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California mulls universal health care

California mulls universal health care

SACRAMENTO, Calif.—California Gov. Arnold Schwarzenegger's universal health care reform proposal could be a boon to employers by significantly reducing provider cost-shifting, but parts of the sweeping plan are raising concerns for businesses.

The proposal, which Gov. Schwarzenegger unveiled last week, would require all California residents to have health insurance coverage. To reach that goal, the state would expand eligibility for Medi-Cal--the Medicaid program that provides coverage to the very poor--while providing subsidies to allow other lower-income individuals to obtain private insurance through a state purchasing pool.

To help fund coverage for the 6.5 million uninsured California residents--about one-fifth of the state's population--the proposal would create several new revenue sources. Employers with 10 or more employees that do not offer health insurance coverage would be assessed a fee equal to 4% of payroll. In addition, hospitals would have to pay an annual assessment of 4% of revenues, while doctors would have to pay 2% of revenues.

Because of universal coverage and sweetened Medi-Cal reimbursement rates, health care providers no longer would be stuck footing the bill for uncompensated and undercompensated care provided to patients, which they now try to recover by inflating rates for patients with employer-provided health insurance.

That "hidden tax," as Gov. Schwarzenegger describes it, of provider cost-shifting to insured patients to offset uncompensated costs boosts health insurance premiums by 10%, he said. The burden is even higher when underpayments from Medi-Cal are included, according to an outline of the proposal.

But under the proposed system, providers won't have to continue "loading" their charges. For employers, that will mean "providing health coverage to their employees will be more affordable," the proposal says.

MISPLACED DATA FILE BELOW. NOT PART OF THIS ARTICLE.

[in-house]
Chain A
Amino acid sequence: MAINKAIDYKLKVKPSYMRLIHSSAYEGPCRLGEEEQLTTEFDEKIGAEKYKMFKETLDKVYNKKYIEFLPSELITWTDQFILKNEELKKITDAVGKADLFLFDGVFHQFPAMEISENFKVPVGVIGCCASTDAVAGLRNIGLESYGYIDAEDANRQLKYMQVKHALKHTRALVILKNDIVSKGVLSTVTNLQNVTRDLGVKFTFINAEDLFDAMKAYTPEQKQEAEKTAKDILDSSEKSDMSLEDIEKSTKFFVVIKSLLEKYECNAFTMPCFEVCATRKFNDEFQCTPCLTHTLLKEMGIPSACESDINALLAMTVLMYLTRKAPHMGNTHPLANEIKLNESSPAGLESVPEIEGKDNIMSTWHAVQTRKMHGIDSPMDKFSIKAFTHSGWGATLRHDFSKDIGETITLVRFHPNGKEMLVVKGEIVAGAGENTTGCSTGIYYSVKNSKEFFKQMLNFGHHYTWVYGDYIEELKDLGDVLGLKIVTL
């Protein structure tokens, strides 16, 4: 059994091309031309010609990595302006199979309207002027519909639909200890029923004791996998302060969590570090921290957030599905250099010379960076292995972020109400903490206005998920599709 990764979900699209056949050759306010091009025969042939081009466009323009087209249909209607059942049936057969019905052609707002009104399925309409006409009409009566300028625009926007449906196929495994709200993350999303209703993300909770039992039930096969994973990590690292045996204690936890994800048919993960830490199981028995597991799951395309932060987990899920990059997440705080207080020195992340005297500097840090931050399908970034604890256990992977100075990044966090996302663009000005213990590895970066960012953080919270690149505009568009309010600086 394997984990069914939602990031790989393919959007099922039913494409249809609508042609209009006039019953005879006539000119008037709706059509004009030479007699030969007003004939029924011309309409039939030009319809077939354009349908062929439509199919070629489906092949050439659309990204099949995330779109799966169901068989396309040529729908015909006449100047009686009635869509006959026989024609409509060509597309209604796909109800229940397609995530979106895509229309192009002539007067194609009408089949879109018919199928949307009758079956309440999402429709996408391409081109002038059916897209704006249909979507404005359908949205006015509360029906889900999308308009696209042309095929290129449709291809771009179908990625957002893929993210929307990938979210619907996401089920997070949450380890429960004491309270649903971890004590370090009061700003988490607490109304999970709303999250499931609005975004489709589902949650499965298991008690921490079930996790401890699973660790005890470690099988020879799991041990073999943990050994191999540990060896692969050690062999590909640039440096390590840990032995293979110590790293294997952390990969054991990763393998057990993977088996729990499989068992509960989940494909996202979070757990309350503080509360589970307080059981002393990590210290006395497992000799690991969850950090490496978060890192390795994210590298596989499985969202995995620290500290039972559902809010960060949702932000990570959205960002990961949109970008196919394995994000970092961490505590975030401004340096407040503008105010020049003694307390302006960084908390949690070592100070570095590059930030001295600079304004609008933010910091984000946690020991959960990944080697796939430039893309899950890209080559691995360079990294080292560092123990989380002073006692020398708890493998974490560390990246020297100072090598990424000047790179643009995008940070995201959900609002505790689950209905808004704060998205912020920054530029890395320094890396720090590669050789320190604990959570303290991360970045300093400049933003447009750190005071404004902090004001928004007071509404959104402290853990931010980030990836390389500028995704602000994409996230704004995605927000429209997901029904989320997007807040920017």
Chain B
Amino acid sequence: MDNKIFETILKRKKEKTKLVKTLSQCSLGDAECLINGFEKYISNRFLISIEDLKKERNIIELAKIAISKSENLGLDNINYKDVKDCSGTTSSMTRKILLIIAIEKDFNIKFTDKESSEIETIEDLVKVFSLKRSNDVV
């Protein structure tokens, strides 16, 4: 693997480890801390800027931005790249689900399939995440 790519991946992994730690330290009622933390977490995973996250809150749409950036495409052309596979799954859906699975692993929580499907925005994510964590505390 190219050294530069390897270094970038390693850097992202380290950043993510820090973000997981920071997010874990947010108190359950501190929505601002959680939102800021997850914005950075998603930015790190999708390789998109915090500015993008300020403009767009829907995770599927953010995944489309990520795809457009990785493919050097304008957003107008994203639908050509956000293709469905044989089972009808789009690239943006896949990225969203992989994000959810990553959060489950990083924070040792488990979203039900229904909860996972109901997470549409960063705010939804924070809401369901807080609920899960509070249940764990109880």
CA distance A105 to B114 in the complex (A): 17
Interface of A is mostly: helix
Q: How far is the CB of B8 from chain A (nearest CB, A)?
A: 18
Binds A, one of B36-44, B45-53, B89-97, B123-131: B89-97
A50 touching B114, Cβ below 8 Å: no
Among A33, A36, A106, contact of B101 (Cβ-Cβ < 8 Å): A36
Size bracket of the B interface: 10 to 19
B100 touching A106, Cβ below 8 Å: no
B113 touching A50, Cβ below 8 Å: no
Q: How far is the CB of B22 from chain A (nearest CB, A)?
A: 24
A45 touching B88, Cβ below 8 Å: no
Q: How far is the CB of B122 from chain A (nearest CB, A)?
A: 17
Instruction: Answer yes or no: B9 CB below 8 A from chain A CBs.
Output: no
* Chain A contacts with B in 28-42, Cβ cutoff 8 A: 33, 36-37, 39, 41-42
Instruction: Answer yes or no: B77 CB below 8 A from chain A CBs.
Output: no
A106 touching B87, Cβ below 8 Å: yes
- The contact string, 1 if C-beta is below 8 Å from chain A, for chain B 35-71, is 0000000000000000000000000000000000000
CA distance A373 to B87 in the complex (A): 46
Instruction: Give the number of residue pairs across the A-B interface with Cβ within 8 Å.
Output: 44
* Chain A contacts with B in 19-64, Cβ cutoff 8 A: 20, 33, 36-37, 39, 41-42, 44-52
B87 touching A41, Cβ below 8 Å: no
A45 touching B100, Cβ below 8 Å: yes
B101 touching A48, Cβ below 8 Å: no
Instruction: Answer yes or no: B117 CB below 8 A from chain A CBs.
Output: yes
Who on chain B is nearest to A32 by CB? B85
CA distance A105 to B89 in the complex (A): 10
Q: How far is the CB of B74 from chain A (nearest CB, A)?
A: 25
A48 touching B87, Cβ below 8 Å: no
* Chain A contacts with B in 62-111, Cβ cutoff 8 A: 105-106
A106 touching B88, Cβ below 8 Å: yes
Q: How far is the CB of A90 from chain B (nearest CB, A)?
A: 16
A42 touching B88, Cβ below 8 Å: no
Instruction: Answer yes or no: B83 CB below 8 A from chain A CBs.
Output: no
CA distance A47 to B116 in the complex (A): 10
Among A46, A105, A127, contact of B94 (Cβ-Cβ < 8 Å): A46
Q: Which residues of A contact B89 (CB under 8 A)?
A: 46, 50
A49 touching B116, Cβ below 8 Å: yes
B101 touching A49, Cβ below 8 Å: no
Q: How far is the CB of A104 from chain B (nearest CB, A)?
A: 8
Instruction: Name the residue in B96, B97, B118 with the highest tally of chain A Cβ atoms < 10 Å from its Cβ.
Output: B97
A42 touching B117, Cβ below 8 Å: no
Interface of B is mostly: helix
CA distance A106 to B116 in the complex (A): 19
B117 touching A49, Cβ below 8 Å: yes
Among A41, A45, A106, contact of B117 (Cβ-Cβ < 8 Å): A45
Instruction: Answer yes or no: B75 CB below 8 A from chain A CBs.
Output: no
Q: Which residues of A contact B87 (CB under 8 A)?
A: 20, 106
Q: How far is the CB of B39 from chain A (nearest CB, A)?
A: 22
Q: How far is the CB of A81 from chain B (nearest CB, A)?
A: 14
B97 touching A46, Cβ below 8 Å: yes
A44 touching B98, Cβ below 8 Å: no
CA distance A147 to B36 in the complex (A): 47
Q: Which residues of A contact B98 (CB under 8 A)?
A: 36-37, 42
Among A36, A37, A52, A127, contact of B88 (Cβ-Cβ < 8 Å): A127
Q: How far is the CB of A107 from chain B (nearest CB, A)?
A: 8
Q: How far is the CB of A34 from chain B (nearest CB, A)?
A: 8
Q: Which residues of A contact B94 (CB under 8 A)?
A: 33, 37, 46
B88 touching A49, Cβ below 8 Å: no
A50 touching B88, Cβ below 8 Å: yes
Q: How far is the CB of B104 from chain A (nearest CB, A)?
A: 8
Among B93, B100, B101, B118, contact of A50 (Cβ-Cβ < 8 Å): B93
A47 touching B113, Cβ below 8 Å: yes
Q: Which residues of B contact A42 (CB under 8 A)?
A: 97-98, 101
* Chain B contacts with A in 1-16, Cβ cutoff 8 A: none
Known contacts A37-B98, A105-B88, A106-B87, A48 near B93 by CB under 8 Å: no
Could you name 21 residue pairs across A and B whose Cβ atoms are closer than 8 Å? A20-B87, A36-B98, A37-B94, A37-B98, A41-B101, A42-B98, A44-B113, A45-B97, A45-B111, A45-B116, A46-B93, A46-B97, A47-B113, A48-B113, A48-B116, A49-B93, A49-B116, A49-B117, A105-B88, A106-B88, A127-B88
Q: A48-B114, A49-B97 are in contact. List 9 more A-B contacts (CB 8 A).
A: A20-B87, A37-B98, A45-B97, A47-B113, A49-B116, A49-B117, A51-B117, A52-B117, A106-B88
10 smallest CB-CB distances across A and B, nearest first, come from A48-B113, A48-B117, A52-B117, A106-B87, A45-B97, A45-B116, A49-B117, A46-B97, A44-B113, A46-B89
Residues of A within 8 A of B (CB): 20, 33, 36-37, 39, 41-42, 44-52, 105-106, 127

Impact on cost-shifting

That scenario may indeed result in less provider cost-shifting and lower employer costs, some believe.

"Potentially, costs could go down" as more of the uninsured are covered, said Bob Burnett, a principal with Buck Consultants L.L.C. in San Francisco.

"Cost-shifting affects premiums. The more people there are in the system, the more we can keep costs under control," said Bruce Benton, a regional vp with National Assn. of Health Underwriters and an independent insurance agent in Woodland Hills, Calif.

Others, though, say enactment of the proposal might lead to new cost-shifting by providers, who may boost charges to offset costs of the new assessments they would have to pay.

"Everything tells me that will get passed back onto payers" in the form of higher rates, said Ron Mason, a principal in the Irvine, Calif., office of Towers Perrin.

In addition, there are other key concerns for employers, including a provision that would make it an unfair business practice for employers to differentiate, except as part of a collective bargaining agreement, the premium contributions they make for employees' health insurance coverage.

Such a requirement could make it illegal for employers not to pay for health coverage for part-time employees while subsidizing health insurance coverage for full-time employees.